Ticketmaster customers’ personal information possibly leaked to the dark web following cyberattack

News & Politics

Tech Crunch reported that Live Nation’s ticketing branch Ticketmaster has been hacked. The entertainment giant confirmed the hack by informing government regulators after the markets closed on Friday.

Live Nation released a statement saying that the breach had taken place on May 20. Whoever was behind the attack reportedly “offered what it alleged to be Company user data for sale via the dark web.” Live Nation did not mention who the personal data belonged to, but it is believed to belong to customers.

It is still not clear why it took the company so long to report its findings to the appropriate authorities.

‘A single credential resulted in the exfiltration of potentially hundreds of companies that stored their data using Snowflake, with the threat actor himself suggesting 400 companies are impacted.’

Live Nation’s statement said: “On May 20, 2024, Live Nation Entertainment, Inc. (the ‘Company’ or ‘we’) identified unauthorized activity within a third-party cloud database environment containing Company data (primarily from its Ticketmaster L.L.C. subsidiary) and launched an investigation with industry-leading forensic investigators to understand what happened.”

“On May 27, 2024, a criminal threat actor offered what it alleged to be Company user data for sale via the dark web. We are working to mitigate risk to our users and the Company, and have notified and are cooperating with law enforcement.”

Tech Crunch reported that it contacted a spokesperson for Ticketmaster, who said the stolen database was being hosted on Snowflake—a cloud storage and analytics company based in Boston. However, the spokesperson did not disclose how the data was taken out of Snowflake’s systems.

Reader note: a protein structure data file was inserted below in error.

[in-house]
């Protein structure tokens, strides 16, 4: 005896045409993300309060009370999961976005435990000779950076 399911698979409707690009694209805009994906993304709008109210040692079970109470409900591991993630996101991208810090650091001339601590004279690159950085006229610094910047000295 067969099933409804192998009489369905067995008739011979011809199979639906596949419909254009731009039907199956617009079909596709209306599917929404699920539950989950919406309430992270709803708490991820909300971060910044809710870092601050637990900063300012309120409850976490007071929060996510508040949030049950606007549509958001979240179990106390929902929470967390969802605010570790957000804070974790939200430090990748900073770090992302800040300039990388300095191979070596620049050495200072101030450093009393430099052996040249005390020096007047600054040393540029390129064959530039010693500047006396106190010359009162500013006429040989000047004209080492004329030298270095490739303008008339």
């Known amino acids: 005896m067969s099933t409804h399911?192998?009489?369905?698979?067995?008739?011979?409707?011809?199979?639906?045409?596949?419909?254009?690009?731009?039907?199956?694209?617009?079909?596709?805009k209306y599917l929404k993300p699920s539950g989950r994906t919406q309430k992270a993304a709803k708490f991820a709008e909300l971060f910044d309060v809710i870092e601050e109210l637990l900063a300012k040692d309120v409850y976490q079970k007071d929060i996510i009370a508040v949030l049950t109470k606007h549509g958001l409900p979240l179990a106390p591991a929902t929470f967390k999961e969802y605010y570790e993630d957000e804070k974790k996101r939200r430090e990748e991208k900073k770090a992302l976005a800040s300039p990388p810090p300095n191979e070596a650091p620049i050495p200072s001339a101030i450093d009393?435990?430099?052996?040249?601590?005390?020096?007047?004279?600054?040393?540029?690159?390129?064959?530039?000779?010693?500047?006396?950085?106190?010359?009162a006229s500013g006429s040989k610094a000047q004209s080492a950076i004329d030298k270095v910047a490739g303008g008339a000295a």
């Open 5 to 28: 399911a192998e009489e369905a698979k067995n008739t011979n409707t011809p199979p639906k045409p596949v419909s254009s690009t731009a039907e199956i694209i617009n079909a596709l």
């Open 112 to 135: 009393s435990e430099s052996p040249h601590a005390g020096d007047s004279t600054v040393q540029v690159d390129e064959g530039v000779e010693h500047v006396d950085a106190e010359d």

On Saturday, Snowflake released a statement of its own, writing: “Snowflake recently observed and is investigating an increase in cyber threat activity targeting some of our customers’ accounts. We believe this is the result of ongoing industry-wide, identity-based attacks with the intent to obtain customer data.”

“Research indicates that these types of attacks are performed with our customers’ user credentials that were exposed through unrelated cyber threat activity. To date, we do not believe this activity is caused by any vulnerability, misconfiguration, or malicious activity within the Snowflake product,” the statement concluded.

Cybersecurity firm Hudson Rock stated: “To put it bluntly, a single credential resulted in the exfiltration of potentially hundreds of companies that stored their data using Snowflake, with the threat actor himself suggesting 400 companies are impacted.”

“[T]he threat actor shared with Hudson Rock’s researchers, which shows the depth of their access to Snowflake servers. This file documents over 2,000 customer instances relating to Snowflake’s Europe servers.”

The administrator of BreachForums—a now-revived cybercrime forum—noted that the personal information of 560 million customers is for sale, including the personal information of Ticketmaster customers.

It is unclear what other companies were victims of the attack.

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